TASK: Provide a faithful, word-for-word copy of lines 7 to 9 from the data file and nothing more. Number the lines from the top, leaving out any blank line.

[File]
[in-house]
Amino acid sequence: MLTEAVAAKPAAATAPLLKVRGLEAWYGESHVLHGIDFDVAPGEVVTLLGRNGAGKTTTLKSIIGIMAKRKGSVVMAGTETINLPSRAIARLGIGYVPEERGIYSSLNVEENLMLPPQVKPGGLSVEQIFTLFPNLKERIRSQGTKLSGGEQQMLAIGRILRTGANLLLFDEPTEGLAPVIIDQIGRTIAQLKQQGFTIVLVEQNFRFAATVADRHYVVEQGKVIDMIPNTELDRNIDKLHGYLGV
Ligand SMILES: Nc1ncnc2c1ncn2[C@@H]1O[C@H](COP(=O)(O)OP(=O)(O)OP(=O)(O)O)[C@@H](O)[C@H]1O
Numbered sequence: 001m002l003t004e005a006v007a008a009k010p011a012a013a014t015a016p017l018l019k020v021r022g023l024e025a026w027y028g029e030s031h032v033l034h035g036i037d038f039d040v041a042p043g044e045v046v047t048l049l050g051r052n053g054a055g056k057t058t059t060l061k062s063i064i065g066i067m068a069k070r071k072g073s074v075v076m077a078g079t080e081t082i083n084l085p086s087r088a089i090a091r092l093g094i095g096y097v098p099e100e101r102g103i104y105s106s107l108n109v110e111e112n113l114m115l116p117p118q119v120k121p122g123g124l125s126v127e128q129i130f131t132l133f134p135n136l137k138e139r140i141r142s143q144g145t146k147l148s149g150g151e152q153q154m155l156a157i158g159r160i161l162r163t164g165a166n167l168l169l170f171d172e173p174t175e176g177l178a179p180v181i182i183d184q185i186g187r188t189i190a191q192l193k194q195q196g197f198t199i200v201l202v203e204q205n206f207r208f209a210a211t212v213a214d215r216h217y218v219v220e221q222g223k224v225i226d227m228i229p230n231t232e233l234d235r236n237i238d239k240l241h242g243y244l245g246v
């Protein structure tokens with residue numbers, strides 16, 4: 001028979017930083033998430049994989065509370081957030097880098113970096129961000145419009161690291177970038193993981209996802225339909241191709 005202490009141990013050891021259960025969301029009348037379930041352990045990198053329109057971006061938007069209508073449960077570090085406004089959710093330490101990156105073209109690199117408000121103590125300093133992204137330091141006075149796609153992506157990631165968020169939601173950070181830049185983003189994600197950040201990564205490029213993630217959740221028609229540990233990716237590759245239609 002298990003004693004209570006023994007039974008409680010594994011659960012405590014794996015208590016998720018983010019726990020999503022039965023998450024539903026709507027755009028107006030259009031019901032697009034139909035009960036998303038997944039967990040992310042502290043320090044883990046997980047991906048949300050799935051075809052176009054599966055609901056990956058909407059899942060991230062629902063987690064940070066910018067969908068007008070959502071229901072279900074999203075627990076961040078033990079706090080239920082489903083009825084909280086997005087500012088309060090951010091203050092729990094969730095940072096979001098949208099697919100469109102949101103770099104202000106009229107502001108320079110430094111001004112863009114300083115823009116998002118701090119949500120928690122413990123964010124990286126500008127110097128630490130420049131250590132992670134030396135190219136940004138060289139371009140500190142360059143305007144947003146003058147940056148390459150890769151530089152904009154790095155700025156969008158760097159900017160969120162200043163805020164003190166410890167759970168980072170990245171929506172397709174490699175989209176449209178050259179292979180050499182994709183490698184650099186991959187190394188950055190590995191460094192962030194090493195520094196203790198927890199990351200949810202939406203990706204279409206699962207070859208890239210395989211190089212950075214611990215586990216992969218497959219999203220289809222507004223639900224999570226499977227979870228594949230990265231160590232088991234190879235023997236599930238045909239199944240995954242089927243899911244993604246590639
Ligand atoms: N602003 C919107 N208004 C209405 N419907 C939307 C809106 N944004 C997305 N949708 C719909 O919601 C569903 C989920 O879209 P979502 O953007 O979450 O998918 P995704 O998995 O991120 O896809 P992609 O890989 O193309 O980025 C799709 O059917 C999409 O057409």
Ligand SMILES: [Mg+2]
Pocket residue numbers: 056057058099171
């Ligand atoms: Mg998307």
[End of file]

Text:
Ligand SMILES: [Mg+2]
Pocket residue numbers: 056057058099171
């Ligand atoms: Mg998307």